The power of a blank page

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Where in your life can you go to completely be yourself without any explanation, push back, someone trying to solve it for you, or fear of being judged? Really think about this...

Even on our best day, our best friends, partners, colleagues, children, mentors... well, they are still human. I don't know about you, but sometimes I just want to explore my life without an audience, without feedback, without the peanut gallery.

I want to be silly or dream impossible things, think about the future, and rehash the past. I want to pretend I'm a great poet or artist, and I want to imagine I could create whole new worlds from inside my mind. I want to vent and get angry or be sad and not have to explain it or feel bad. Sometimes, I want to be in the thick of my life for myself, and myself alone.

Today it's common to post our every last thought. We publicize everything from what we had for breakfast to the sweater we got for a great deal to memes that capture our emotional landscape with perfect accuracy. But is it enough? Should everything be fuel for social media?


What about our inner landscapes, the places we don't readily trek with just anybody? (Sometimes not even ourselves.)


Enter (*drum roll please*)... the journal.

In the journal you not only remember yourself, you create yourself. Journal writing is my favorite way to connect to my intuition, to heal and process hardships, to feel heard, and to capture my dreams and goals. I use my journal to process my past, but more importantly, I use my journal to paint my dreams into existence.  

This space is all-forgiving. It's creative and can hold anything I place there. It doesn't talk back and it never criticises me. It can take anything I've got, from those far-fetched dreams to my attempts at being a poet to the days I just need to unravel.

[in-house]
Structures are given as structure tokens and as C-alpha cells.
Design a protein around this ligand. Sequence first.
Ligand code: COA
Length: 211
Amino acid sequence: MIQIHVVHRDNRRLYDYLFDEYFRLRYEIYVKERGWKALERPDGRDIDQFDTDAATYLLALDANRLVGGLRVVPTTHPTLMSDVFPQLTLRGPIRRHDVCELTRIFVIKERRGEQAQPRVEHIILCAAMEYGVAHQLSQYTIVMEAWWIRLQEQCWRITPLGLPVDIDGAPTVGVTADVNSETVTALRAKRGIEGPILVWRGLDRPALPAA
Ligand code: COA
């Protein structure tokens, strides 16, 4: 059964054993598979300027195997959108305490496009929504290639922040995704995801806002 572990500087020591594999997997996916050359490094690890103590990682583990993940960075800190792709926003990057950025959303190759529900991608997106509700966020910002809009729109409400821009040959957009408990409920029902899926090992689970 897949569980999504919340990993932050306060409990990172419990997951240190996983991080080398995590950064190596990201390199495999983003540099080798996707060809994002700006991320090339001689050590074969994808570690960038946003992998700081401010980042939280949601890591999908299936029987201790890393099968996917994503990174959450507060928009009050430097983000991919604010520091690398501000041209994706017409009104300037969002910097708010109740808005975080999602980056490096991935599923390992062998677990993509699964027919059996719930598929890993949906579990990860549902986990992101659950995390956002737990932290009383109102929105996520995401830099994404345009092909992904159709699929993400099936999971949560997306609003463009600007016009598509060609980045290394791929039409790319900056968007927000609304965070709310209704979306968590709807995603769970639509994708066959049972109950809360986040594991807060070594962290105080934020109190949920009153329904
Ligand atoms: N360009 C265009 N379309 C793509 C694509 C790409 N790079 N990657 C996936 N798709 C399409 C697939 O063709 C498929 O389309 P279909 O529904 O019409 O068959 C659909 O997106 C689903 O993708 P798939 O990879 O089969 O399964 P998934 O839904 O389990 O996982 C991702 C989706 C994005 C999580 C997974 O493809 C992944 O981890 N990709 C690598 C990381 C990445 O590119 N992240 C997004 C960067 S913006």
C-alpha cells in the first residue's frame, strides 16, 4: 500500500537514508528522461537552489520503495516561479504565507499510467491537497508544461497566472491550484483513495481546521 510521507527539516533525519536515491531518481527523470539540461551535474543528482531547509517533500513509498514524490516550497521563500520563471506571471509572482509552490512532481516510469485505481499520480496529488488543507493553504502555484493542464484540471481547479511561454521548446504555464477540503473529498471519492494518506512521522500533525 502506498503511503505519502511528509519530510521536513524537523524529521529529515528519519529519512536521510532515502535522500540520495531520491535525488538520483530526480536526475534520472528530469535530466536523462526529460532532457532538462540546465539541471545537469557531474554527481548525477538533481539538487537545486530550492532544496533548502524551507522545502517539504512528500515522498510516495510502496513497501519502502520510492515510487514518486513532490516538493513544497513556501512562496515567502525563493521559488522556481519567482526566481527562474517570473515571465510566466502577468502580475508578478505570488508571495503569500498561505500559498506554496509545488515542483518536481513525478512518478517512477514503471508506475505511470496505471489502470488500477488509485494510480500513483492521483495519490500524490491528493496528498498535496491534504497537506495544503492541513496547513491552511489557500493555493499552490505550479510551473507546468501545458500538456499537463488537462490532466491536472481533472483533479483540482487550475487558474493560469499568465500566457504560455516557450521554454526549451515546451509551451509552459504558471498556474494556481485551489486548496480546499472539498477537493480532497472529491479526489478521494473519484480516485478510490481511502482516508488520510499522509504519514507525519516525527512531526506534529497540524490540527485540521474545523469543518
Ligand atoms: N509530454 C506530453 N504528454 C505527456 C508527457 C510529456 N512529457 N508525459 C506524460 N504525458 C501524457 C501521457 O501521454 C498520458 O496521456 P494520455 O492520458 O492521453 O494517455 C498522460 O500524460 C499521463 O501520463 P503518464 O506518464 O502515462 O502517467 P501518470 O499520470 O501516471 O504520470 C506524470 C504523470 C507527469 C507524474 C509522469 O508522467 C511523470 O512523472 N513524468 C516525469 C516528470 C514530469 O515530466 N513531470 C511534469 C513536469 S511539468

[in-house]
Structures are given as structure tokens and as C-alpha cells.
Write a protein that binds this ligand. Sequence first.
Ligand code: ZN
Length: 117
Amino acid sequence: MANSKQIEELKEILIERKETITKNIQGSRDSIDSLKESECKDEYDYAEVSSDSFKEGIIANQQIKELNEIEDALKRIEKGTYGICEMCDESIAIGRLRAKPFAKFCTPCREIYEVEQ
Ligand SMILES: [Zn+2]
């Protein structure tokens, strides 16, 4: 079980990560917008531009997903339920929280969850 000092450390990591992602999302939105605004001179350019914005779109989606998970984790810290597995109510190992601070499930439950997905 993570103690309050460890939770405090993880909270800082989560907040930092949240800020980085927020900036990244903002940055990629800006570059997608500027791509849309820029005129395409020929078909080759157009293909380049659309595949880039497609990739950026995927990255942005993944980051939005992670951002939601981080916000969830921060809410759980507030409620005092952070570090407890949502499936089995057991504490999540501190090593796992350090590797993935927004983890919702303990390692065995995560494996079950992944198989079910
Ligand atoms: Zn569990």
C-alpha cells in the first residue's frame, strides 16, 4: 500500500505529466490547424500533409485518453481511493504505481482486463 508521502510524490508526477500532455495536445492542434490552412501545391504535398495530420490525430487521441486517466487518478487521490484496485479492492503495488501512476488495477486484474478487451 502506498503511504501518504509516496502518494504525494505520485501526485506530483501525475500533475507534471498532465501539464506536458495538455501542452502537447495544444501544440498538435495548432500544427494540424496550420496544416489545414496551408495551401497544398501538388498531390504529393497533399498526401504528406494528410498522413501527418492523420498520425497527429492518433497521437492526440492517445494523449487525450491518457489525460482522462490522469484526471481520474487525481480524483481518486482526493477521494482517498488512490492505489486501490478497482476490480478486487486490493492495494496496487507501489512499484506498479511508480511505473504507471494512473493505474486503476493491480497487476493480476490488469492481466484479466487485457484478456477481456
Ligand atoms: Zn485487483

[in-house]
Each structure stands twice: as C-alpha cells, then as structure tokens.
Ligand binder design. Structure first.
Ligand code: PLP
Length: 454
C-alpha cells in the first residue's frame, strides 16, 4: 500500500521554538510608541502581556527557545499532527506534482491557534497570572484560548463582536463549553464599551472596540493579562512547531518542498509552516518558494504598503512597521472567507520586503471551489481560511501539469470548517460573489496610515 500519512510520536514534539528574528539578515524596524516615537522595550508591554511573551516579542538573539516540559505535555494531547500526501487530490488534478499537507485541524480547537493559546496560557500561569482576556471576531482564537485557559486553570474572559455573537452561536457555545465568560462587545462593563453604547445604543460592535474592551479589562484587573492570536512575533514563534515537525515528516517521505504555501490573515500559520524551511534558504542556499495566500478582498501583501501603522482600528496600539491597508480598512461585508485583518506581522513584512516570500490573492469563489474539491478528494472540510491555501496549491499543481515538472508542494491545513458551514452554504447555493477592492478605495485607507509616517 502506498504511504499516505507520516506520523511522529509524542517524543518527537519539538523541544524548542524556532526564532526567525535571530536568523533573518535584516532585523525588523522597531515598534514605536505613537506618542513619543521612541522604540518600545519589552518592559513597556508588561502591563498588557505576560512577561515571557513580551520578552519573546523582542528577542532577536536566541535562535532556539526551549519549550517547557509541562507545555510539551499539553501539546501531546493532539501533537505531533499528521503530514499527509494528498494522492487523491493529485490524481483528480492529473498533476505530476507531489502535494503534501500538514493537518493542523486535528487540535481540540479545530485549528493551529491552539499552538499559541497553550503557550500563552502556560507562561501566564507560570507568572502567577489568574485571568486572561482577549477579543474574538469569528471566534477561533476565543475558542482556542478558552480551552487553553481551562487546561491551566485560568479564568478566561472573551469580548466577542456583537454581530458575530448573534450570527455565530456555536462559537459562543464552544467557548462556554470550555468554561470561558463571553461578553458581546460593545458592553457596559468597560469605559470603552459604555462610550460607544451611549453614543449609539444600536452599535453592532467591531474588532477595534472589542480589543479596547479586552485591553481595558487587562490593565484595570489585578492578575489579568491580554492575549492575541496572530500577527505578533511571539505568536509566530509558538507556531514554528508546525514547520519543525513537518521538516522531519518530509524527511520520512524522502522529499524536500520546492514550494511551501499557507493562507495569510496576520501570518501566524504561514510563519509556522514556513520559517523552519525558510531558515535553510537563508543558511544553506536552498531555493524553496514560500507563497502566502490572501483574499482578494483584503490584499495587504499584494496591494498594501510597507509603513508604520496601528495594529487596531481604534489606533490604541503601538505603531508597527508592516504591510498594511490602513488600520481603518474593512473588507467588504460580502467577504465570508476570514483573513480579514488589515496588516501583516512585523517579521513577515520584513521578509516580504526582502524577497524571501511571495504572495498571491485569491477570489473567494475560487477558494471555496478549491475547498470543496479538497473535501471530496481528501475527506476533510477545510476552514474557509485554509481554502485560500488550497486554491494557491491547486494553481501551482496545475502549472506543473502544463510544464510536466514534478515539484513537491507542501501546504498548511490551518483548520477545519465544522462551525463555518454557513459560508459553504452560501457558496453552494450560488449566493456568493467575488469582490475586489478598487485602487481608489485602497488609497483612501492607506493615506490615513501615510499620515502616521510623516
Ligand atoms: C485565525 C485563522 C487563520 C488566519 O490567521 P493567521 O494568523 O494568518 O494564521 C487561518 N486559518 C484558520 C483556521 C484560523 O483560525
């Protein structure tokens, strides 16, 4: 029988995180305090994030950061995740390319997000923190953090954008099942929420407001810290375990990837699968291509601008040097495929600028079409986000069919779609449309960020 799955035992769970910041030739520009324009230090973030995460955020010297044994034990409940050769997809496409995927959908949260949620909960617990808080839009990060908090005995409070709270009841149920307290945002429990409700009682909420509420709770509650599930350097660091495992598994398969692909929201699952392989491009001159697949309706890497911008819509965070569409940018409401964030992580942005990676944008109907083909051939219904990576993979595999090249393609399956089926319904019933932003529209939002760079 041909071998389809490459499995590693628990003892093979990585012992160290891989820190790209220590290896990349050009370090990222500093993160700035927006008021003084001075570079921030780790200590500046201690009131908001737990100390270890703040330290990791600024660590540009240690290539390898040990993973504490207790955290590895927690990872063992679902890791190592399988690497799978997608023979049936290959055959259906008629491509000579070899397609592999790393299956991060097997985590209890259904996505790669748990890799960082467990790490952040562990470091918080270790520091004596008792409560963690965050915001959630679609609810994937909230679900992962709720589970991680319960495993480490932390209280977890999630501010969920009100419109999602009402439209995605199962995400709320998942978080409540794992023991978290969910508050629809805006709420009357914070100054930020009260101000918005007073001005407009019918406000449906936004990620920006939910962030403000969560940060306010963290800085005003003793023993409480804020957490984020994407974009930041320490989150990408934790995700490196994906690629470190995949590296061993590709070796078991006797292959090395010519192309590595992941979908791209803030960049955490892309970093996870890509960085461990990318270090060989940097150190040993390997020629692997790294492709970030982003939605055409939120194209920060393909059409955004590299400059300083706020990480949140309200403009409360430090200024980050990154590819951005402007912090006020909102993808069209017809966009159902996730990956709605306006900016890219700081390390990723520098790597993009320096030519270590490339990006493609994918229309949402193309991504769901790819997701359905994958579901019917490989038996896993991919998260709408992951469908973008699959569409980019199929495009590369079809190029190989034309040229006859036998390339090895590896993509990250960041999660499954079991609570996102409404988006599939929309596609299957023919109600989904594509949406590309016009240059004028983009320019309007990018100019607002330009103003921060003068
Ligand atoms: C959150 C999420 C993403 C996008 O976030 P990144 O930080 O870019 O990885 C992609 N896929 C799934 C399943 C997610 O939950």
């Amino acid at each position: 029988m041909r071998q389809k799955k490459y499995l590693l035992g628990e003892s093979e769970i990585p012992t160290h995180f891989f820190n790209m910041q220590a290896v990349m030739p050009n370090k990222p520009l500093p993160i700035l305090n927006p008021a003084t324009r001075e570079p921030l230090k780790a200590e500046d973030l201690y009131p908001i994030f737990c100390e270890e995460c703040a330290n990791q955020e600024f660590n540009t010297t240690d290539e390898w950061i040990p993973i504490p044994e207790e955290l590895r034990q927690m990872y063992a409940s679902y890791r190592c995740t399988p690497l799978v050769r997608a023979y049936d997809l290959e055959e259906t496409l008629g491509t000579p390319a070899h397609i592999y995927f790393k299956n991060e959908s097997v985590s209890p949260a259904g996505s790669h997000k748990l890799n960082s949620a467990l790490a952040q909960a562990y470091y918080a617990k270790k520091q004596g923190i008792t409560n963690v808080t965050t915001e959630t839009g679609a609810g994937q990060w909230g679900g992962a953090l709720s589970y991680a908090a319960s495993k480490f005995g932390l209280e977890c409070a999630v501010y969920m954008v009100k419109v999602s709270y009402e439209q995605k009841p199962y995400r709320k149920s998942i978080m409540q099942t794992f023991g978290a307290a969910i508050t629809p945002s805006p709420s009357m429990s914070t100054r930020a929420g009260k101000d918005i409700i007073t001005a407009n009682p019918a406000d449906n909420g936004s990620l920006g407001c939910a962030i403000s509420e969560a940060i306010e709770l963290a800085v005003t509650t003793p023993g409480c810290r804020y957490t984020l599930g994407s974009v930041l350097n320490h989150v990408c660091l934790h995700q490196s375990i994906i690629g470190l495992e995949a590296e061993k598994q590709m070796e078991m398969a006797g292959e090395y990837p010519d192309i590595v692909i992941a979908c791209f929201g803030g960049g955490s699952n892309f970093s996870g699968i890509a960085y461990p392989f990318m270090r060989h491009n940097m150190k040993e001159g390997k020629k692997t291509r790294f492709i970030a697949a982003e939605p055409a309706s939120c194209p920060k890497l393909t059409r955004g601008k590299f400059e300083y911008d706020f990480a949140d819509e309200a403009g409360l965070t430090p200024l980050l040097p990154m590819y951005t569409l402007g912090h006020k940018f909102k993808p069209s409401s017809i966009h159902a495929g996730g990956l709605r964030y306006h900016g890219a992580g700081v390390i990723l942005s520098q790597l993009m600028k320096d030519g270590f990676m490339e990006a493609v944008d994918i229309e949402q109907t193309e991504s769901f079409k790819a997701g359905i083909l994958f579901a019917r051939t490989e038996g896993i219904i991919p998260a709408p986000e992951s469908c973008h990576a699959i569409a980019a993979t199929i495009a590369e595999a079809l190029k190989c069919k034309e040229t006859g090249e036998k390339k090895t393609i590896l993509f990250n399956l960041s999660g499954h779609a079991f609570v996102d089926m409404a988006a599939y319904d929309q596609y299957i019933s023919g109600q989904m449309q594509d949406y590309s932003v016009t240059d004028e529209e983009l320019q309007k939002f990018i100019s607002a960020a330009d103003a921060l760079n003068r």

Do you have a space like this? Well, grab some paper and a pen and just like that now you do. It's that easy. There's no mastering the journal, no 200-hour course in perfecting the journal, and no critic in the journal other than your own thoughts. (Which, trust me, will pop up.)

Here are the top 3 questions I get when it comes to journal writing:

1. How do you find the time?Don't fret about spending all day staring at your journal with no words coming out. In the beginning, I used timed journaling. Set a timer for 5, 7, or 10 minutes and immediately put pen to paper. You'll be amazed how easily your writing flows.

2. How do you know what to write about? There are so many topics; too many, right? I love a journal prompt. Think of them as little springboards into your inner world. A great prompt or question can quickly help you discover new parts of yourself. Try on the two I share below and use the timer!

3. What if I see something in my journal I don't like? This can happen. Sometimes my writing surprises me and I'm not too keen on what I see in there. But here's the truth—that stuff is festering in your mind, your emotional body, and your physical body.Wouldn't it be better to move it to paper where you can see it?

With spring approaching I can think of no better time than now to finally launch a journaling course. I take this practice for granted sometimes and forget that my readers want to follow along on their own journal journey!

Andrea Wilborn